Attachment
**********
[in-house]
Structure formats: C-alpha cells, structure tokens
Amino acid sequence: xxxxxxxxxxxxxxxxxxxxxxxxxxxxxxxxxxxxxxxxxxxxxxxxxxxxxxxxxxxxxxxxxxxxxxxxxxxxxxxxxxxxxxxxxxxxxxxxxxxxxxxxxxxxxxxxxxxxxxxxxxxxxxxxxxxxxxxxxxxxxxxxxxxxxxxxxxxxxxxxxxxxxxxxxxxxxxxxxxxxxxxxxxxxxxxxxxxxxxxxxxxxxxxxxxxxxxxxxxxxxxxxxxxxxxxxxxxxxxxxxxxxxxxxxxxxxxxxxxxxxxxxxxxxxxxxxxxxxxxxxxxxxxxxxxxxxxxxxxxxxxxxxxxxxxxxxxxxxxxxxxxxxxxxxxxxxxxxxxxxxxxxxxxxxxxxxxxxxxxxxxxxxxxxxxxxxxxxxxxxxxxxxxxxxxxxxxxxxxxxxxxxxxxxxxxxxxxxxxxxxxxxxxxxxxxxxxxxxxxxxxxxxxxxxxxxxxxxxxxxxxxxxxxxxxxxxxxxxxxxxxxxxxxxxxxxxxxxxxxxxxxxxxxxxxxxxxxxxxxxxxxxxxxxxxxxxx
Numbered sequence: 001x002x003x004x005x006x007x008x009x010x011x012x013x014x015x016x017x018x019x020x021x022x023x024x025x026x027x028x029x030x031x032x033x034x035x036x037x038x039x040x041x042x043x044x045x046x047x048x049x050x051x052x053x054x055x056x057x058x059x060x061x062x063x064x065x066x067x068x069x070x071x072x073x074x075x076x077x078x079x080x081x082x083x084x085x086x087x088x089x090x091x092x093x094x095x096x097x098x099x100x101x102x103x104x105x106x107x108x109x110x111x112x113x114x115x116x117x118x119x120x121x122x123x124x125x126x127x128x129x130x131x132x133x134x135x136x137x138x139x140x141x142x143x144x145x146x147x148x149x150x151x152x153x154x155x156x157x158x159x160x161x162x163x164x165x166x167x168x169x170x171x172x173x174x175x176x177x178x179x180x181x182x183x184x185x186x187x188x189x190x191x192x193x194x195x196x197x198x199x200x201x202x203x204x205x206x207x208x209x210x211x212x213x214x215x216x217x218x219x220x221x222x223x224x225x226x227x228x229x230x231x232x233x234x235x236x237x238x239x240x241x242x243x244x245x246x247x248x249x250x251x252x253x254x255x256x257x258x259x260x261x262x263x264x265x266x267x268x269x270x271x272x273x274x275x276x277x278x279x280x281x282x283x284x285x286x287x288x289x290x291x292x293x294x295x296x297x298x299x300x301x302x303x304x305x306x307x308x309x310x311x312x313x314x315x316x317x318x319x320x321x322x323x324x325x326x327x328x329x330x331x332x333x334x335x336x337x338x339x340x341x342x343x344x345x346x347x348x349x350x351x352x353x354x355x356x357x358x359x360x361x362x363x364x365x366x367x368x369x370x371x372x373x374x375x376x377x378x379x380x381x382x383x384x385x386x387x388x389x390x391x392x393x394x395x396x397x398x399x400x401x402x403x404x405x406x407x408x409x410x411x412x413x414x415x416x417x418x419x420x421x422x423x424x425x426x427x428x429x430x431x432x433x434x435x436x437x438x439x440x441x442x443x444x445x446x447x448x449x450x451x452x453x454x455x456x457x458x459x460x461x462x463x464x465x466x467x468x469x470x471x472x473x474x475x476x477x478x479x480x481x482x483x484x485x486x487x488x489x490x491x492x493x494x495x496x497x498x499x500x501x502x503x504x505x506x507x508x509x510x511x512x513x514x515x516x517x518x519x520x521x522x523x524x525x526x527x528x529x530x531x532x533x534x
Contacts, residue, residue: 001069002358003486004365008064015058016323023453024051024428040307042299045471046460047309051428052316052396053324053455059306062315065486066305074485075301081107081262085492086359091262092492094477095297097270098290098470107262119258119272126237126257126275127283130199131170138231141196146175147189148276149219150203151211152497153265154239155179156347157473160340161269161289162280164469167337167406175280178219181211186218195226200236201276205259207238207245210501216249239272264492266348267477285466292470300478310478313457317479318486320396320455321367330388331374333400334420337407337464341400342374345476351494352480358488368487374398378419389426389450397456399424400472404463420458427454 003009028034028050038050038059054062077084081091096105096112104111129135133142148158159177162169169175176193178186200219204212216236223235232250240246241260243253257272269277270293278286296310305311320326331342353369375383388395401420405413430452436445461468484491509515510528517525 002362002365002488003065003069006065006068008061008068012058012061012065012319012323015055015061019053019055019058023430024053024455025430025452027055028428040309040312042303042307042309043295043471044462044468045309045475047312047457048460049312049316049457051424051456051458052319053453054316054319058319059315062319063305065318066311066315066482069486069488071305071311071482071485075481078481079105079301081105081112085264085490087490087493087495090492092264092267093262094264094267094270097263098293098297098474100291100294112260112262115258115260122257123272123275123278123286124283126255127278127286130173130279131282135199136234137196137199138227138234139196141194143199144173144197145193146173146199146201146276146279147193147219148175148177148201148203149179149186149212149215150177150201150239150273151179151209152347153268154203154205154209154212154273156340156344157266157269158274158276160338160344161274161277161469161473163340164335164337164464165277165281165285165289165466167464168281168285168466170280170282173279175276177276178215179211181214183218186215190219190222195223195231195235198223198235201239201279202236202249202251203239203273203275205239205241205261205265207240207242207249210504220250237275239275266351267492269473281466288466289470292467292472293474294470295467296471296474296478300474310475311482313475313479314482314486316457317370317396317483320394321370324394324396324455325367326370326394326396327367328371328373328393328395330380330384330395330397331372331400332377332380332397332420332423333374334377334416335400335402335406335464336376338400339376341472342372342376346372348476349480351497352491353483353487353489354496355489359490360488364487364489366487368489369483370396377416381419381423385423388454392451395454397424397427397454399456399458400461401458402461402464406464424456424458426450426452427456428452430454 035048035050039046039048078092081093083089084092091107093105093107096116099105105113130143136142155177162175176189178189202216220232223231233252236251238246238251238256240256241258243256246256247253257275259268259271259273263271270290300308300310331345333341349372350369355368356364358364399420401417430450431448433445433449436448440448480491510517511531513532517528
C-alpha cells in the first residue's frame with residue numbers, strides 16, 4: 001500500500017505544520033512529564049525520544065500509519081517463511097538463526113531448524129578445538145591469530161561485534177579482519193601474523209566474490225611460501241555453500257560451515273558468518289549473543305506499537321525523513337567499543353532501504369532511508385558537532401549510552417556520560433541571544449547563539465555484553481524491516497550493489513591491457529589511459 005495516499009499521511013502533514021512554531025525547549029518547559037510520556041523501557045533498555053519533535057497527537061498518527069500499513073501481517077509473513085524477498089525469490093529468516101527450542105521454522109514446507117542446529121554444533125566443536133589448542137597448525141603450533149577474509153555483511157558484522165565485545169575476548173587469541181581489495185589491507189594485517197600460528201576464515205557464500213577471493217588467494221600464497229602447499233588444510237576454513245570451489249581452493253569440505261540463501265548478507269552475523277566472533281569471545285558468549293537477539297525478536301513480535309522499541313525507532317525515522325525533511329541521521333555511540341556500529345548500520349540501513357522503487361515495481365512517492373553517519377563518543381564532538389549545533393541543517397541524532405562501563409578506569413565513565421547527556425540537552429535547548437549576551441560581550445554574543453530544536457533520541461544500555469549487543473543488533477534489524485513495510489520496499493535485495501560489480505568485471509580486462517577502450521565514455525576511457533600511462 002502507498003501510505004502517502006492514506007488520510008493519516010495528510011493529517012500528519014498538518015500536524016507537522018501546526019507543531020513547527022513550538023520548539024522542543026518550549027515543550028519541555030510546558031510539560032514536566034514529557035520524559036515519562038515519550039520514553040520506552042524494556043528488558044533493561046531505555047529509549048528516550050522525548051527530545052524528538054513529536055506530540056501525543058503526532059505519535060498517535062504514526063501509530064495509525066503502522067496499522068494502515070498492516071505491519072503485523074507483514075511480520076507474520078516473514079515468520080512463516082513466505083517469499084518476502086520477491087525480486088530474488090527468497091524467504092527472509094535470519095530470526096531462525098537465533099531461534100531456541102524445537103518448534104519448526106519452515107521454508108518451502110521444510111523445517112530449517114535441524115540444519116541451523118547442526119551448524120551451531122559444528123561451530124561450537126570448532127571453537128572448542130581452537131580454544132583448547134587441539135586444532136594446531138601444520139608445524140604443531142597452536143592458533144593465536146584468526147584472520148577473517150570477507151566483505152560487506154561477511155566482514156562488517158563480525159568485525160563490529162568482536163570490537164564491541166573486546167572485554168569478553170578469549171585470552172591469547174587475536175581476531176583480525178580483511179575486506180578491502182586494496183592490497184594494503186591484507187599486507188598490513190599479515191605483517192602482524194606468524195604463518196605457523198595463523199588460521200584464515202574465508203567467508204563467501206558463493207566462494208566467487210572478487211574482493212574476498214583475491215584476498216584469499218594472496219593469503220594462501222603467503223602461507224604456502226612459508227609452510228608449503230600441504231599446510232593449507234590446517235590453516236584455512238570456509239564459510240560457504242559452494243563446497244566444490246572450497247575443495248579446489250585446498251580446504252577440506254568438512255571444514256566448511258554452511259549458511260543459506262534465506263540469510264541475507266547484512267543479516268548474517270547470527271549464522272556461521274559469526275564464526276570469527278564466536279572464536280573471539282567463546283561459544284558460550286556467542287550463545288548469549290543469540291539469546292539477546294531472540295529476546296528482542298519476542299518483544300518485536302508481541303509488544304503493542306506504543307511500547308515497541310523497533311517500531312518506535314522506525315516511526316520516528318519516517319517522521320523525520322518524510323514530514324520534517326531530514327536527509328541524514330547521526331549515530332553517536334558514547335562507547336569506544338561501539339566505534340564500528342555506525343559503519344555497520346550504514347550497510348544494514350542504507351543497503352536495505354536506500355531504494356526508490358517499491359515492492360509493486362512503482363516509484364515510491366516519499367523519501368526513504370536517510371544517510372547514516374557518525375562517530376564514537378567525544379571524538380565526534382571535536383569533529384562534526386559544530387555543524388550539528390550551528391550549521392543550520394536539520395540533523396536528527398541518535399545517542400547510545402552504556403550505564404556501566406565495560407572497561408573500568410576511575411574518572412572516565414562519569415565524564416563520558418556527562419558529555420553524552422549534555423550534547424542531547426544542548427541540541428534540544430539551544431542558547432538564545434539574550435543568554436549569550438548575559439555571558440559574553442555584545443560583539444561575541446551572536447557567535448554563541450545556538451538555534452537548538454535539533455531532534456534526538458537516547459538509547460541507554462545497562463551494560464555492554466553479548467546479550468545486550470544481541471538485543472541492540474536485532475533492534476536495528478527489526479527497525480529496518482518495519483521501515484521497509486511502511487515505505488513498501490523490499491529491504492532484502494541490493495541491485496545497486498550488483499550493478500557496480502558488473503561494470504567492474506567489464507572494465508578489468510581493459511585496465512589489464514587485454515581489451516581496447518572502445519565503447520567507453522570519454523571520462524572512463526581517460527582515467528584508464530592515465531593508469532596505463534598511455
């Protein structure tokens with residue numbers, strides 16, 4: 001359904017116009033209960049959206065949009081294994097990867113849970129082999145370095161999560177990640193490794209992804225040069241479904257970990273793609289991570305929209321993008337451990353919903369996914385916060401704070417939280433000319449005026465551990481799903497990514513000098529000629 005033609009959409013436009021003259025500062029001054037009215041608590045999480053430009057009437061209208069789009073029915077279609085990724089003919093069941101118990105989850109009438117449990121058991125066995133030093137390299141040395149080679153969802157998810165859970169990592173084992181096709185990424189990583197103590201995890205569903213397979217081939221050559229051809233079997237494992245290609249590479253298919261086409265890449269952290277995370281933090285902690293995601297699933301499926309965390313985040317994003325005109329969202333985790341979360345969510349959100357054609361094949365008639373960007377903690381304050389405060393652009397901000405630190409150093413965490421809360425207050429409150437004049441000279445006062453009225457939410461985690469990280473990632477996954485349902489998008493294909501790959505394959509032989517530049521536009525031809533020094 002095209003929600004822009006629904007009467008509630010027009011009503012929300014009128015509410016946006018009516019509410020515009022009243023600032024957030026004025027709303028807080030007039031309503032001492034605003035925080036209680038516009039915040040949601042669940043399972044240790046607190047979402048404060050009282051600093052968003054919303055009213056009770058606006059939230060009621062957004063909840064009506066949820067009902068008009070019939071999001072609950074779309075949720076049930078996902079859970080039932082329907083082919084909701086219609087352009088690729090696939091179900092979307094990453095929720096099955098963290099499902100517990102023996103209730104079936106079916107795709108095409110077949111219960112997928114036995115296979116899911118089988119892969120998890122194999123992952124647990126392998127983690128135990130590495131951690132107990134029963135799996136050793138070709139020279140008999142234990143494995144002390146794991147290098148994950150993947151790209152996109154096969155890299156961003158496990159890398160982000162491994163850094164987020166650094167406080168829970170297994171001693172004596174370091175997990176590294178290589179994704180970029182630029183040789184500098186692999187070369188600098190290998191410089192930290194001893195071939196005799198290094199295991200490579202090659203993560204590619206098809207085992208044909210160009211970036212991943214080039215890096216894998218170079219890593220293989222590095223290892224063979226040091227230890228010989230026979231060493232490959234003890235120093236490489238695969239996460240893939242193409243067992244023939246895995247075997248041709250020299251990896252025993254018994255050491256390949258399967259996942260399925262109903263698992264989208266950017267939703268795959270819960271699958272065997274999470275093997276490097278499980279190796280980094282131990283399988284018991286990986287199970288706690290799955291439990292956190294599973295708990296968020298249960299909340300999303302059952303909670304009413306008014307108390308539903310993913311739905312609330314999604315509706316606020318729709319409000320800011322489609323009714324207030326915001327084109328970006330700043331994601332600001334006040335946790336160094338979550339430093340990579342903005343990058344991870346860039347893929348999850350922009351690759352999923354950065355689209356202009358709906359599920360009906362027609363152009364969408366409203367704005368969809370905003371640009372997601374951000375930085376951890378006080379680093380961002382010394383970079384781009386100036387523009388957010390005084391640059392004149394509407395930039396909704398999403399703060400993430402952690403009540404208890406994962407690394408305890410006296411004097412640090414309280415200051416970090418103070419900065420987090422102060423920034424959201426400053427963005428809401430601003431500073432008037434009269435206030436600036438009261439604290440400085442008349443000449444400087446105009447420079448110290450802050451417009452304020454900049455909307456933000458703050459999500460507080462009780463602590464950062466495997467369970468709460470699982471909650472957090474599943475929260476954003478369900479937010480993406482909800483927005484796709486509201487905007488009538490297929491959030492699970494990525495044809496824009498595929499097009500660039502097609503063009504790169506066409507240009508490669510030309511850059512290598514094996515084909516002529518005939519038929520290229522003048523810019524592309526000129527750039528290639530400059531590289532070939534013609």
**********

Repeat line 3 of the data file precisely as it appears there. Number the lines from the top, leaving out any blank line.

Amino acid sequence: xxxxxxxxxxxxxxxxxxxxxxxxxxxxxxxxxxxxxxxxxxxxxxxxxxxxxxxxxxxxxxxxxxxxxxxxxxxxxxxxxxxxxxxxxxxxxxxxxxxxxxxxxxxxxxxxxxxxxxxxxxxxxxxxxxxxxxxxxxxxxxxxxxxxxxxxxxxxxxxxxxxxxxxxxxxxxxxxxxxxxxxxxxxxxxxxxxxxxxxxxxxxxxxxxxxxxxxxxxxxxxxxxxxxxxxxxxxxxxxxxxxxxxxxxxxxxxxxxxxxxxxxxxxxxxxxxxxxxxxxxxxxxxxxxxxxxxxxxxxxxxxxxxxxxxxxxxxxxxxxxxxxxxxxxxxxxxxxxxxxxxxxxxxxxxxxxxxxxxxxxxxxxxxxxxxxxxxxxxxxxxxxxxxxxxxxxxxxxxxxxxxxxxxxxxxxxxxxxxxxxxxxxxxxxxxxxxxxxxxxxxxxxxxxxxxxxxxxxxxxxxxxxxxxxxxxxxxxxxxxxxxxxxxxxxxxxxxxxxxxxxxxxxxxxxxxxxxxxxxxxxxxxxxxxxxxxx